Not everybody sees a chainsaw and immediately thinks “wood cutting tool”. Thanks to pop culture, some are more likely to bring up images of Jason from Friday the 13th than a lumberjack doing his job. Well, YouTube creator ThisOldTony has the same problem – only instead of seeing fictional serial killers, he sees the ideal power source for a go-kart.
After cleaning his old 46 (or is it 42?)cc chainsaw, Tony takes it apart to retrieve the motor. With the main power source isolated, his next job is to connect the two rear go-kart wheels to the motor and build the rest of the kart around the chassis.
This is done by visiting his local bike shop and asking for some spare sprockets. The trick is to remove the chainsaw’s old sprocket and replace it with the bike’s. Once Tony has welded the new sprocket into place, he reinstalls it onto the chainsaw.
Since the cheap wheels he bought were from Amazon, Tony works on some new wheel hubs so they can support the weight of a child. After plenty of cutting, welding, and tuning, he attaches the wheels, hubs for a disc brake, and a large sprocket onto a ¾” inch drive shaft. To ensure the parts don’t move out of place, he welds them onto the shaft (which is something you should really never do—but to each their own!).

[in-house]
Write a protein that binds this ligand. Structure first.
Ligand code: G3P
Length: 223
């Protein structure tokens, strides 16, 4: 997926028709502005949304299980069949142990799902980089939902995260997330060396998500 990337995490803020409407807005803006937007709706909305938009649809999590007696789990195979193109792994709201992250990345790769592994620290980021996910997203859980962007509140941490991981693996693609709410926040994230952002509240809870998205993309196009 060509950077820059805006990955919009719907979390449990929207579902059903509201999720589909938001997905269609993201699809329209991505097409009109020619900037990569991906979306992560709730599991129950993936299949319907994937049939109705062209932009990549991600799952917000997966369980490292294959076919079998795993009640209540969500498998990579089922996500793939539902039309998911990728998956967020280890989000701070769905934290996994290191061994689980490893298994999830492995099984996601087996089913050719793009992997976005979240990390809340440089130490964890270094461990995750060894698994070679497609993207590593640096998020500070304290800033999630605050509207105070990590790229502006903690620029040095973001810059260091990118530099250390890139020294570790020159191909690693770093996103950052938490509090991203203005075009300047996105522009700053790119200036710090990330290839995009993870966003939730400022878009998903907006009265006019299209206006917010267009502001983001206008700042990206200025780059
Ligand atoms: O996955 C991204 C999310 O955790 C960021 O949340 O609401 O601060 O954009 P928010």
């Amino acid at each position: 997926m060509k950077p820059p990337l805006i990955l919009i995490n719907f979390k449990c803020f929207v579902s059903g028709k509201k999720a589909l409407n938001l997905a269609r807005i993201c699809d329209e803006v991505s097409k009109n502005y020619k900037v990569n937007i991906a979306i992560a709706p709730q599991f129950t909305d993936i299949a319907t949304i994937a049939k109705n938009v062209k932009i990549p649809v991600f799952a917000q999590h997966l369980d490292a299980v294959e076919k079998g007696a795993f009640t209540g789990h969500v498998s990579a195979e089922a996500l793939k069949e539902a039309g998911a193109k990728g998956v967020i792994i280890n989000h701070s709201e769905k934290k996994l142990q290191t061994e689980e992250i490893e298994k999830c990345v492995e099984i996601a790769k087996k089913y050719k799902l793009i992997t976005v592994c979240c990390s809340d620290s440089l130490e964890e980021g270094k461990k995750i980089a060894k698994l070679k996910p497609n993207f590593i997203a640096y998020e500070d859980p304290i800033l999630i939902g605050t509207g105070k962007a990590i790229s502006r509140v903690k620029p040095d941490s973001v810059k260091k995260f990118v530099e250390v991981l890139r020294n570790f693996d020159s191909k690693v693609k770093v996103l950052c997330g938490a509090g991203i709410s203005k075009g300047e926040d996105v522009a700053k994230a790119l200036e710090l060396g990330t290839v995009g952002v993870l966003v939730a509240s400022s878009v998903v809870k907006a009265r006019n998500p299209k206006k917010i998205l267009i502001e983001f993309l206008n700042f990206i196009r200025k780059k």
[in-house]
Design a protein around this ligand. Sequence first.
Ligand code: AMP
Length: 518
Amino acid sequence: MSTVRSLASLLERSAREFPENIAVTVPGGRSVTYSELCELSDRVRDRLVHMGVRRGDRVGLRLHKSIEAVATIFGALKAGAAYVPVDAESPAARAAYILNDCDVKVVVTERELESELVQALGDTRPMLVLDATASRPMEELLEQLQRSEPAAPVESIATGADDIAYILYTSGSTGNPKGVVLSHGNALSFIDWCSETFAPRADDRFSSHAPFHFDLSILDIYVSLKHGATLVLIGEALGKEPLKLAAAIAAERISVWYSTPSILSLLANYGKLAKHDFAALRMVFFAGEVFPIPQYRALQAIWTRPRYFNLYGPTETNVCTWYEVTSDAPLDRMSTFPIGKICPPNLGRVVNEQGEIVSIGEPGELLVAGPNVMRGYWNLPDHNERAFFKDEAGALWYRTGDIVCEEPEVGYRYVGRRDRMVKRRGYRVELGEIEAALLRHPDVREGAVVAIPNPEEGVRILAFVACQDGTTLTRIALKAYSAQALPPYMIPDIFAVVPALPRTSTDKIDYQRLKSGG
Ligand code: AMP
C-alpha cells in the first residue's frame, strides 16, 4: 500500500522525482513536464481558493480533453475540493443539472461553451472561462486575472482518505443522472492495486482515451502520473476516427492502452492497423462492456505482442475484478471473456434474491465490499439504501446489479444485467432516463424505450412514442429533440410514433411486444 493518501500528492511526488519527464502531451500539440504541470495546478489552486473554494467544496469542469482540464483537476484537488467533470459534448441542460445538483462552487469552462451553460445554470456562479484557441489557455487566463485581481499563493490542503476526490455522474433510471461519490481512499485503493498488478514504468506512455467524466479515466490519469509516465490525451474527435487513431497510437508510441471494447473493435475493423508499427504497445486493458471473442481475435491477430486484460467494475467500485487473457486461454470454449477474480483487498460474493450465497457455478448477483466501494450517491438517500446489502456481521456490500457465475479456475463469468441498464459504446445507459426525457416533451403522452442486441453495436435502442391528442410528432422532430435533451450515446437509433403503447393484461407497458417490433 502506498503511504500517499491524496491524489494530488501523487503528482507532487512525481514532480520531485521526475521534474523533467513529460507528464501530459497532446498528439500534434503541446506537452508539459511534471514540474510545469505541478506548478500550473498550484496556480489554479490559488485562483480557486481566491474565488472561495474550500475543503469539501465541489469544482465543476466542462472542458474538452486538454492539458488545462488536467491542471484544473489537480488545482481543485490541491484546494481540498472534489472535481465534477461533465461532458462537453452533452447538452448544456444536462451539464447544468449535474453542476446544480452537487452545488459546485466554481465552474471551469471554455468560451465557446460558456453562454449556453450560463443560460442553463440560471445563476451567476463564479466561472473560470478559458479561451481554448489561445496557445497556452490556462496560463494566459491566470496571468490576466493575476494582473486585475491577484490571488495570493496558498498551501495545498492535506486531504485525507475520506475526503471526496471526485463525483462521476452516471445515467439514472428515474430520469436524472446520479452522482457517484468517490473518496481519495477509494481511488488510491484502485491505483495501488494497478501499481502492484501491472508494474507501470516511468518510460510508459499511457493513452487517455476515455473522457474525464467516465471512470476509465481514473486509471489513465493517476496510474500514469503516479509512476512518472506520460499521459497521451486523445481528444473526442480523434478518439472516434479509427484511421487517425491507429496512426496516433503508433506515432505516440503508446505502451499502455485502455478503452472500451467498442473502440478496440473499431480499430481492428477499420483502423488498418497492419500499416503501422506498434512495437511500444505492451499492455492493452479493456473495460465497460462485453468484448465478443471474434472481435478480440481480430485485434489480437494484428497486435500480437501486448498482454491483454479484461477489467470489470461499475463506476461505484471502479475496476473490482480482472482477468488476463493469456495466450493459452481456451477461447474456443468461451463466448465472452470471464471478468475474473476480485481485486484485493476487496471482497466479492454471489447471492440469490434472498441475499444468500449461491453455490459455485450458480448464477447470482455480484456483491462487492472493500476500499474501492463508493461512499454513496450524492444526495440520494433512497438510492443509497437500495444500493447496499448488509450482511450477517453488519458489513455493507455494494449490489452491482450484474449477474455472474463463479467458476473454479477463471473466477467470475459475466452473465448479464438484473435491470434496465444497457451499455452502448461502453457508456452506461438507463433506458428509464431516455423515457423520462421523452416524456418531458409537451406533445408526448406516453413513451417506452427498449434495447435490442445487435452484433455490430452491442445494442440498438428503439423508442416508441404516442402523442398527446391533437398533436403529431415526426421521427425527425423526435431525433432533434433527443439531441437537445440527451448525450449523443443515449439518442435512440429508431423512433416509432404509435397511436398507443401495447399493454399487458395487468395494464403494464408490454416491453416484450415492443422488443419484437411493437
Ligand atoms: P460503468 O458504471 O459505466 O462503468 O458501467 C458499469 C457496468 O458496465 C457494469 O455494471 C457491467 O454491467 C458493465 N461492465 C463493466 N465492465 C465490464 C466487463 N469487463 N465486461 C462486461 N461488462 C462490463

Upon deciding the go-kart will have a width of 28 inches, he takes some metal tubing and bends it to fit the go kart’s frame. The initial measurements are a bit wide, but he compensates this by welding a couple of bearing plates onto the frame.
For the upper body of the cart, Tony welds another piece metal frame slightly above the bottom frame. Using a number of metal supports, he welds the top piece at various points to keep it firmly connected to the go kart’s body. He also adds a small metal piece at the back of the top plate which holds the chainsaw motor in place.
The build is far from done, however. In totality, it takes Tony upwards of up to four videos to get the go-kart running and safe enough to hold a small child. You can find all of the succeeding videos, as well as more of his heavy-duty fabrication shenanigans, over at his YouTube channel.